Updated: Sep 8
On the last leg of our Celtic Goddess Tour, after we visited Ireland in 2017, we ventured to Scotland. The idea of going this far and not going to both places was not an option for me. After all, I live across the Atlantic Ocean, and I never know when I will get to this area of the world again. Both places are Celtic but with different flavors and I am of the opinion the two places should be experienced together for variety.
Our group left from Dublin Airport and arrived in Inverness after a short flight. This wasn’t my first trip to Scotland. However, it was my first overnight stay in Inverness with the intention of getting to the Isle of Skye, the largest Isle of the inner Hebrides as the final destination.
First stop: Inverness, Scotland
We stayed in the city center within walking distance from the Inverness Riverwalk. Inverness was a lively town, and I heard the group met some fun people with whom they connected and had enjoyable conversations at the pub. Someone knew someone or they had something in common, I can’t remember exactly the story. It reminded me of that time I was on a tour bus visiting the Cotswolds in England with two of my children and we were sitting in front of my son’s then high school teacher's mother and father from the United States. That was an interesting, random moment that gave us the scope of how small our world can be. We sparked up a conversation with a couple of strangers and they told us their son works in such and such place and it ended up being one of my son’s High school teachers at the time. You may have had a similar experience, it is a little mind-boggling when this happens.
Pic from left to right: the River Walk in Inverness, Eileen Donan Castle, and Kilt Rock waterfall on the Isle of Skye
Speaking of Inverness; the city center was a good location to go shopping. I couldn’t believe how cheap everything was compared to buying clothes in the United States. I found a high-quality brand-new wetsuit for less than £40 pounds, in the US they run around $99.00 or more. And I bought it, never mind, that I never wore it, not even once, but at the time I wanted it just in case, and it was such a good deal. My plan was to wear it for a dip in the Fairy Pools.
If shopping is your thing and you have room in your suitcase, this may be a great area to explore for good deals. One of the ladies shared her formula for shopping with me, she told me “Me gusto pero-no me encanta.” Translated into English: “I like it, but I do not love it.” If you ask me, this is a great formula for not buying things we may never use, so it feels like I should pass this message on. When in doubt, ask yourself if you love it, and if not, it is okay to pass it up.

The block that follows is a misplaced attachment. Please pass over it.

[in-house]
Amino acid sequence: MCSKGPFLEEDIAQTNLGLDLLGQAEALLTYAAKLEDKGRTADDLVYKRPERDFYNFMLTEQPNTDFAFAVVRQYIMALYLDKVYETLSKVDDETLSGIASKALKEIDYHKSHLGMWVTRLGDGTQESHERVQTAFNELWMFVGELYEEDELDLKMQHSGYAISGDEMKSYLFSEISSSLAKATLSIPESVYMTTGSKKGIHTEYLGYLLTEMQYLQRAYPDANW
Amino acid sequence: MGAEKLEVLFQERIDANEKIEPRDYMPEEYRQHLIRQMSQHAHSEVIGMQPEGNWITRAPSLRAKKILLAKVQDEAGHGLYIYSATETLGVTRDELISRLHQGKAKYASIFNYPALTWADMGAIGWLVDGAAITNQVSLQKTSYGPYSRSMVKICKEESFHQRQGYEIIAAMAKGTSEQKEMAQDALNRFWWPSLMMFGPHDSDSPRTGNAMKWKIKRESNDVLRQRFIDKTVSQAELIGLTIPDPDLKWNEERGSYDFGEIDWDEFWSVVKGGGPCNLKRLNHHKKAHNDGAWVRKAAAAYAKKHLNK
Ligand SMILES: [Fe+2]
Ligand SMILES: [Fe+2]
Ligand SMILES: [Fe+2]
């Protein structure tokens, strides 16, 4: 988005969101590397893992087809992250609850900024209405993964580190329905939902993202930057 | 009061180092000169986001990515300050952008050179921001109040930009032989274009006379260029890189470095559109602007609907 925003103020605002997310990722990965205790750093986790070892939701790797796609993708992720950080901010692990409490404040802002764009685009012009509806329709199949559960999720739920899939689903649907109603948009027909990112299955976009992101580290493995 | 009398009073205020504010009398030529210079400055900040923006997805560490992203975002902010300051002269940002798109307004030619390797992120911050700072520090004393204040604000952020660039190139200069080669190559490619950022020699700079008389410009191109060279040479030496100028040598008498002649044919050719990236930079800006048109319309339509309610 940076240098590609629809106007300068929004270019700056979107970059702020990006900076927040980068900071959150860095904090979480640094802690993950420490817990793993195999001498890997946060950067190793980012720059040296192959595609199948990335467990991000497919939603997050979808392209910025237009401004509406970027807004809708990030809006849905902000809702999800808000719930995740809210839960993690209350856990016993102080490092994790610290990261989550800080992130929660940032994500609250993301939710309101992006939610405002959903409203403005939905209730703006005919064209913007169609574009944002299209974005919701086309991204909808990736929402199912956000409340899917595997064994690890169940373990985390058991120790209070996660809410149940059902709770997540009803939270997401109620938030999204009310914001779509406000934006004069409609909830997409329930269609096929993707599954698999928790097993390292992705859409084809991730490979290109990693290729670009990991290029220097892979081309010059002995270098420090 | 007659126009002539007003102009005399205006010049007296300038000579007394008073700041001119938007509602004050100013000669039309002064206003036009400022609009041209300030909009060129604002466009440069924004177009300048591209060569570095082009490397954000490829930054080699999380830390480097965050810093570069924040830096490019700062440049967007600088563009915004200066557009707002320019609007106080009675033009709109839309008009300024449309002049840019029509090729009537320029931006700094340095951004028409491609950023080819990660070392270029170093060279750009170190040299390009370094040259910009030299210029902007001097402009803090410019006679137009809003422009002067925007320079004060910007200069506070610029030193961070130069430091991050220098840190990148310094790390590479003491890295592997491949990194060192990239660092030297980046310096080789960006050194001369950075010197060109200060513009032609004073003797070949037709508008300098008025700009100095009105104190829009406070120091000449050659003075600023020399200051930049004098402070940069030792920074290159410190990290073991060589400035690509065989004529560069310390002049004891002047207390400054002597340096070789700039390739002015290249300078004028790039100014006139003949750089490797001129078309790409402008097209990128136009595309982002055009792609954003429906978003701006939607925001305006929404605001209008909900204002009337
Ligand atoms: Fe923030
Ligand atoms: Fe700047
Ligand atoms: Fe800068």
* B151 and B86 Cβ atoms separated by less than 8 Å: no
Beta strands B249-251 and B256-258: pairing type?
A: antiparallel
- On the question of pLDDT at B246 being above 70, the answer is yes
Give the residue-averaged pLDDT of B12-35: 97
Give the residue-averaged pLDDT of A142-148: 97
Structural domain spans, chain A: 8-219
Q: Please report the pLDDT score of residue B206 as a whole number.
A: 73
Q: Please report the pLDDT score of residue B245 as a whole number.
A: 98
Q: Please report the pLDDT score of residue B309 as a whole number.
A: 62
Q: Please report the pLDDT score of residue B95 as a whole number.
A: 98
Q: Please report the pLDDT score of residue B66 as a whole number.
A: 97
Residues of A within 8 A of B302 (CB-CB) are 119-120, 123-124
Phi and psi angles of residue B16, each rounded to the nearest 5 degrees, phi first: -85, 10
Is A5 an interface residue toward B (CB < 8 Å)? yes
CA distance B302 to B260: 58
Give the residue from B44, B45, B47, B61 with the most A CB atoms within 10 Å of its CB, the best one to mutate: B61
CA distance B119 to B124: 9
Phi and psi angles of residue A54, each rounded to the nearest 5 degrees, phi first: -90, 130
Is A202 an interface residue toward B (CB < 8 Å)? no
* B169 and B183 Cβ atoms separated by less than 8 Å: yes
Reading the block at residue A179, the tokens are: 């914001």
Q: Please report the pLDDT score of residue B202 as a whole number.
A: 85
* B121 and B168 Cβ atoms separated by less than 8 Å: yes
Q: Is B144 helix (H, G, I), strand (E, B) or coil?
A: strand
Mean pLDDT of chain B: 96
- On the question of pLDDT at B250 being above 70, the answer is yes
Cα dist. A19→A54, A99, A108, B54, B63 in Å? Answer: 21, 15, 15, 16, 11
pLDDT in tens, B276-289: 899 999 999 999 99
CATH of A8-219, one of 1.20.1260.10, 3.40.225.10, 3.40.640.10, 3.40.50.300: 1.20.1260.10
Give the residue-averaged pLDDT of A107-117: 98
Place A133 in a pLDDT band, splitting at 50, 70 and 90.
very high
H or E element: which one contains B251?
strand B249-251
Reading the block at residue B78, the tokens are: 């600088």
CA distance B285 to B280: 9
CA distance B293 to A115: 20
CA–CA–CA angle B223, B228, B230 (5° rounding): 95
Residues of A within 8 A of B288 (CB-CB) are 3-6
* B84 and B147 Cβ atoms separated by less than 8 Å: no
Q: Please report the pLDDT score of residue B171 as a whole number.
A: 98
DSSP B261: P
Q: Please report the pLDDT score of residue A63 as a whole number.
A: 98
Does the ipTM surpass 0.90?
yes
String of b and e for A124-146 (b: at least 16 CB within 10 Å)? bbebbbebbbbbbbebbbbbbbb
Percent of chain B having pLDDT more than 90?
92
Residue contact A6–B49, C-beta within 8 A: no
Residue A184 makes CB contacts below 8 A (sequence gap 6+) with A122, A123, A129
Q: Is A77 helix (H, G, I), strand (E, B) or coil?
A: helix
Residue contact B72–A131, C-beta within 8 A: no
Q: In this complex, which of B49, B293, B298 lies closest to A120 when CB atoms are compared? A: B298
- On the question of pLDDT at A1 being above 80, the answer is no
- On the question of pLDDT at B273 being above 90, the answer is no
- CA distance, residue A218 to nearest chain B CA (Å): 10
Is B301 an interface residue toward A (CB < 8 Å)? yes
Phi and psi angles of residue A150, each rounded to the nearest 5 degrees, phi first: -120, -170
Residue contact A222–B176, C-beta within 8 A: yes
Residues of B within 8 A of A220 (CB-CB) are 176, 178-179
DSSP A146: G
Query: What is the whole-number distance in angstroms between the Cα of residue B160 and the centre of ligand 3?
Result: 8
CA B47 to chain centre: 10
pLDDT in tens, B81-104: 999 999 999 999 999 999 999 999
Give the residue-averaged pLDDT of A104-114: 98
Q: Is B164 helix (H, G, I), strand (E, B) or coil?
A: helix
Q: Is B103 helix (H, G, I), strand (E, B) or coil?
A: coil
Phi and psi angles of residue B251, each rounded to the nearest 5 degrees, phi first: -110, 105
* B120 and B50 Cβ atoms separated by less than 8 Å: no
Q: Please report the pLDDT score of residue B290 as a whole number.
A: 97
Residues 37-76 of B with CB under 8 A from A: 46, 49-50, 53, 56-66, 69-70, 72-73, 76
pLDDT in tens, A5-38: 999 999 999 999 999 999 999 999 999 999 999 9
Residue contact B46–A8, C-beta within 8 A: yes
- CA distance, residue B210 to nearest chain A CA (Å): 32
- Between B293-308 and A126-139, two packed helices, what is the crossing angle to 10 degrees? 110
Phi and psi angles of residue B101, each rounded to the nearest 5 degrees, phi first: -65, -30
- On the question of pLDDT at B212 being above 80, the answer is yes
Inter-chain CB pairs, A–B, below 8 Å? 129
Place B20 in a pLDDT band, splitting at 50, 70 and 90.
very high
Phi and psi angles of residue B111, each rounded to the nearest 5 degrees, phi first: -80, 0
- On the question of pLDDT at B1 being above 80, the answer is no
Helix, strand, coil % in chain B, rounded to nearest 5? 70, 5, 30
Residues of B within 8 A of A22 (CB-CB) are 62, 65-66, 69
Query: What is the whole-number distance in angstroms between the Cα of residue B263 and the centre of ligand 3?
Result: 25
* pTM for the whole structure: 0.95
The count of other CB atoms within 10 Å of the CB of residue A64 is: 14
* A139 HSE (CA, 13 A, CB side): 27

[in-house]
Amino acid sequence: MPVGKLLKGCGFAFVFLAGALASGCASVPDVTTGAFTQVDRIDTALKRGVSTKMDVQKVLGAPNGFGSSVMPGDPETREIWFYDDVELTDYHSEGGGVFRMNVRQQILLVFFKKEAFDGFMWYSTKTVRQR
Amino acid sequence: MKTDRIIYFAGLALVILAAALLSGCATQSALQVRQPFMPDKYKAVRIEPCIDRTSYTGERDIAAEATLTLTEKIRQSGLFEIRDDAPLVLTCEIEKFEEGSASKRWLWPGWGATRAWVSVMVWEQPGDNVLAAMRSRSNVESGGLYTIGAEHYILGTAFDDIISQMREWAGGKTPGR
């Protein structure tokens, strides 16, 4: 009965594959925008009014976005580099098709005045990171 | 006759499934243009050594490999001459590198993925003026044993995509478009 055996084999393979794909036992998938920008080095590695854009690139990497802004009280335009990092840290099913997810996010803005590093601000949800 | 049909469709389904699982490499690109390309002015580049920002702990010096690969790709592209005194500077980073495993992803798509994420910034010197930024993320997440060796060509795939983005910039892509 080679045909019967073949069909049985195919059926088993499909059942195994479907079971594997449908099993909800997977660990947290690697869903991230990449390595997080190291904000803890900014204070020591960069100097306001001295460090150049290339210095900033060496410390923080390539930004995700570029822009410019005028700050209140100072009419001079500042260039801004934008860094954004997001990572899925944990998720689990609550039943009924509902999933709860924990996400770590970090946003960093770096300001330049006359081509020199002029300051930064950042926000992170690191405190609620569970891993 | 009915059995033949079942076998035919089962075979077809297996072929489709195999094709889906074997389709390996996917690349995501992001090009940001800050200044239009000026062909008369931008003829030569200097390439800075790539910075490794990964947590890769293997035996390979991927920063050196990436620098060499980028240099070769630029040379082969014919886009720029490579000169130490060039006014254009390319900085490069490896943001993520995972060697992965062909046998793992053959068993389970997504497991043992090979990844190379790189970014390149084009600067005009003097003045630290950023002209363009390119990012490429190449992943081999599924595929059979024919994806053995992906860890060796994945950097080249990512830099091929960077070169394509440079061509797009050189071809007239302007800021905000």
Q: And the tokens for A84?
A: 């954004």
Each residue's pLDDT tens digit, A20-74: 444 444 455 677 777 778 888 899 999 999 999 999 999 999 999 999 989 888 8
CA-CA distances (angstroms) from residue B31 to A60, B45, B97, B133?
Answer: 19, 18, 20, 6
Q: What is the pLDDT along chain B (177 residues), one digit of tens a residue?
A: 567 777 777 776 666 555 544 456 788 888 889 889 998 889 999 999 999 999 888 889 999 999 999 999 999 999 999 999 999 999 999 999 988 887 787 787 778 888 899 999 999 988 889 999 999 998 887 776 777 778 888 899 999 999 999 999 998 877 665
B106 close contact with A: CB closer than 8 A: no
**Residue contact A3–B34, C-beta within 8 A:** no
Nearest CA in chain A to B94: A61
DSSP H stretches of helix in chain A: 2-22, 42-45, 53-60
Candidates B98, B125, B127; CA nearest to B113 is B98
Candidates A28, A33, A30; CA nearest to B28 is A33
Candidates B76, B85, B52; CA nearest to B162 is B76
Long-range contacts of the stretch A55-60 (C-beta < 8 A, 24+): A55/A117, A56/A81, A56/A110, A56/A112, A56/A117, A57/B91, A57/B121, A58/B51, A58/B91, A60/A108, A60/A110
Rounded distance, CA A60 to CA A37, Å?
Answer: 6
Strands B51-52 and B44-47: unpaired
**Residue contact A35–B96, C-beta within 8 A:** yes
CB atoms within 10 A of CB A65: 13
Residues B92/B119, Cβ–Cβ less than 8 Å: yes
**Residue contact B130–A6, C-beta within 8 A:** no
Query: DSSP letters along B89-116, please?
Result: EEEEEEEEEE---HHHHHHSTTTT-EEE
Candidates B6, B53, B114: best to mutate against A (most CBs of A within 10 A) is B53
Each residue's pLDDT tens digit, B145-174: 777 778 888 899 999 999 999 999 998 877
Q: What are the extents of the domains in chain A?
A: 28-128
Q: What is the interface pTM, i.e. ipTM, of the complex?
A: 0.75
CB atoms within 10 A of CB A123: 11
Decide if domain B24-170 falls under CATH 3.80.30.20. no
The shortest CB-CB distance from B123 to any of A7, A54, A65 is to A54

That afternoon we had a couple of taxis pick us up and take us to view the Clava Cairns. And since we had a few Outlander fans in the group, they asked to stop at the Culloden Battlefield which happened to be near the Cairns. I always try to be flexible when necessary and I felt they would have been upset with me or seriously disappointed if we did not stop since we were so close. I can still hear the swooning of Jaime's name being yelled out by one of the ladies in the group. "Jaime!"...
Pictures of Clava Cairns near Inverness
The Isle of Skye
I do not remember the drive to Skye, all I know is we ended up there after Brian Mcfadyn, our Scottish driver picked us up after breakfast the following day. He was funny and full of tall tales and he used the funniest-sounding slang we ever heard. A few of us had a good laugh at these really funny-sounding words that Scottish people use to describe things.
Hanging with the locals.
Video credit: here
The lodging that we stayed at called the Kyle Hotel was not nearly as nice as the other places that we had stayed up until this point. At that time the carpet in the hallways looked like it was from the 80s and the place was a little ragged, it was disappointing. I have read online that since our stay, they have done some renovation of the property, so please read the reviews before visiting. I can not recommend this lodging based on our experience. I had tried to book better lodging in the other parts of the Isle and they were all booked. So keep this in mind when booking for Skye, It may be remote but it is a busy tourist destination, and the most desirable accommodations are booked months in advance. Everyone agreed that the colorful town of Portree would have been the better place to stay for restaurants and shopping.
Pics on the Isle of Skye: a pyramid-shaped mound, Dunvegan gardens, and the Fairy Circle
Some of the places we visited and not in order were the Knights grave at the cemetery at Skeabost. We traveled around the Isle and passed the Old Man of Storr rock formation. For the more adventurous groups, you can find a walking tour to view the rock up close or go on your own self-guided walking excursion.